Pops of crimson, scarlet, claret, and ruby punctuated a gray and drizzly February morning at the Omni Dallas Hotel, as business leaders, philanthropists, and heart survivors converged to fight against heart disease and stroke at the 2019 Dallas Go Red for Women luncheon.
The American Heart Association — the world's leading voluntary health organization devoted to a world of longer, healthier lives — is the beneficiary of this annual event (which also has a Fort Worth version), and the more than 1,200 attendees did not disappoint in their generosity to help raise vital awareness and funds for research and education programs to fight cardiovascular disease, the leading cause of death in women.
Co-chaired by Judy Hendrick and Katherine and Key Coker, this year's luncheon raised a record-breaking $1.8 million and counting.
Guests — including Stacey and Dave Johnson, Kellie Rasberry, Caroline Kraddick, Lisa Cooley, Barbara Smith, Moll Anderson, Courtney Kerr, AHA CEO Nancy Brown, AHA president Dr. John Warner, Kelly and Marty Turco, and survivors Amy Ware and Nancy Gopez — took part in health screenings, hands-only CPR training, and women's health education opportunities.
The expansive silent auction included such covetable packages as an Oscar de la Renta runway experience; a four-night stay in Whistler, British Columbia; a suite at Ariana Grande's Dallas concert; and a New York shopping spree with "the Bag Snob" Tina Craig followed by tea with fashion designer Nicky Hilton.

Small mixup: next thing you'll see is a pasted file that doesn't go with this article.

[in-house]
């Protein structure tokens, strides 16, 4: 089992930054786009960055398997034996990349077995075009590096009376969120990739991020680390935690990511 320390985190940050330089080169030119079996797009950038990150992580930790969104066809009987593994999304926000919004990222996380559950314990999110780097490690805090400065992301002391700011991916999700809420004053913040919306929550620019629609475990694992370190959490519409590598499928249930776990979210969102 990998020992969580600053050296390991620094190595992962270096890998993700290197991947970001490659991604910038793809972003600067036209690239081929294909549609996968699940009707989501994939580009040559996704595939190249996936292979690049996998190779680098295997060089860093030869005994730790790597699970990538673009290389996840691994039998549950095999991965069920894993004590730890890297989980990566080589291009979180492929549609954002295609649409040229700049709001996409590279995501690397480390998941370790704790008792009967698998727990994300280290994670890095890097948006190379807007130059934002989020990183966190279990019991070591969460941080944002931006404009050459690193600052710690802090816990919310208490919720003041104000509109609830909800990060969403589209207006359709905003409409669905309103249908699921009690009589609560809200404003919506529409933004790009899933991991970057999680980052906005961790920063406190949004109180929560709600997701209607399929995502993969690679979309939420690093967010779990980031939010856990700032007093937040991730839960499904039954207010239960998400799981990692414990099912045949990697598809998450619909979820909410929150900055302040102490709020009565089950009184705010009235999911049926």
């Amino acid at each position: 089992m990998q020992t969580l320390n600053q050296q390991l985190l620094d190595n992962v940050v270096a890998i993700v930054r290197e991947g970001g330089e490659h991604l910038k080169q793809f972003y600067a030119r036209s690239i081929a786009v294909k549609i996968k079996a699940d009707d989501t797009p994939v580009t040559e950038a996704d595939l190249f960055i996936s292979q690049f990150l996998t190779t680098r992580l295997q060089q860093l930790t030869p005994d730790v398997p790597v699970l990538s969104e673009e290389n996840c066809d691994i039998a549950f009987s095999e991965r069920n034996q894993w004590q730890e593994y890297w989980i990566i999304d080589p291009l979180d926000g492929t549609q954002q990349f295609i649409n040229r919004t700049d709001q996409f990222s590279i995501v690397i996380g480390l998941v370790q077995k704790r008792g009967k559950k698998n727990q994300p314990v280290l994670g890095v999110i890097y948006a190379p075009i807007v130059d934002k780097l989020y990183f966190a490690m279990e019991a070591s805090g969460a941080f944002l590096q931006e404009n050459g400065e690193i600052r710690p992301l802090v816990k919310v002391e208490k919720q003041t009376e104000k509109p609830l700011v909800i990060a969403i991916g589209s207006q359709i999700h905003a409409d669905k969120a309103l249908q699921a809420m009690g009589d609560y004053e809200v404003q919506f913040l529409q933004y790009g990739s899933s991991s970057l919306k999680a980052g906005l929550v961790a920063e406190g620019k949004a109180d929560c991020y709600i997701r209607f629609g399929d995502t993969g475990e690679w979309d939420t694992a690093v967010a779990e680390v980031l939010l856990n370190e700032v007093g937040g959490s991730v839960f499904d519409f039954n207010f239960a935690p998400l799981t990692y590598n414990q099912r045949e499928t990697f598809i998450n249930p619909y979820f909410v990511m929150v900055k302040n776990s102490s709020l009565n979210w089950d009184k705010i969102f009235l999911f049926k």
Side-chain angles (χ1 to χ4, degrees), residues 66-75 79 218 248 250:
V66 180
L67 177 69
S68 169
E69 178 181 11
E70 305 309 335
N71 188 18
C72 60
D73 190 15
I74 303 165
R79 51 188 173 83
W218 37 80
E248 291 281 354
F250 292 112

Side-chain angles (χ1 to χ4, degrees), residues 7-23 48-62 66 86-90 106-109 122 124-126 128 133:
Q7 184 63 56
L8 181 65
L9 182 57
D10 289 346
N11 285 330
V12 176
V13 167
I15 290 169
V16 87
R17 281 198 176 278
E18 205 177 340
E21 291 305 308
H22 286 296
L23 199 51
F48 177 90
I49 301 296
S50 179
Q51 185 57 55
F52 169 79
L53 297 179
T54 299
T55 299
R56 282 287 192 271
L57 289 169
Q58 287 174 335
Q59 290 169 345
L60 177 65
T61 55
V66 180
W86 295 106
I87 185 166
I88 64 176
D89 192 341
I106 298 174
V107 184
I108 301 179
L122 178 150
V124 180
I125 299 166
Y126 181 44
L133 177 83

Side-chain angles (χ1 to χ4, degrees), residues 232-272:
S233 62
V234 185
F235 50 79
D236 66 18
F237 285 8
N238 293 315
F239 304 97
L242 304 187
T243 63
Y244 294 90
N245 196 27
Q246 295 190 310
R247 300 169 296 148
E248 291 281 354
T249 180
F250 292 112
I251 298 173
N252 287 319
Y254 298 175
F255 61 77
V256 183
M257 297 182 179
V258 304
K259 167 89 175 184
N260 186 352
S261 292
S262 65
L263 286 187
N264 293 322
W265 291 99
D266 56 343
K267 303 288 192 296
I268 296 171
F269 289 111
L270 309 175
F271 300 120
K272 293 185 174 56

This year's keynote speaker was ABC News chief medical correspondent Dr. Jennifer Ashton, a board-certified OB-GYN who has dedicated her life to empowering women to be knowledgeable, know what to ask their doctor, and take charge of their overall health.
Her inspiring speech was complemented by an inspiration video depicting the experience of cardiac arrest survivor and schoolteacher Alisha Byerly, as well as a stirring live performance by local dancers and musicians.
Dr. Helen H. Hobbs was honored with the Sandi Haddock Community Impact Award, which recognizes a key female leader in the Dallas community who has made a significant impact with a focus on the betterment of women's health issues. As a faculty member at UT Southwestern, Hobbs spearheaded the establishment of the Dallas Heart Study, a multi-ethnic, population-based study of heart and metabolic diseases. As a geneticist, her work has been instrumental in the fight against heart disease.
Since it launched in 2004 as an awareness campaign, the Go Red for Women movement has saved the lives of 670,000 women.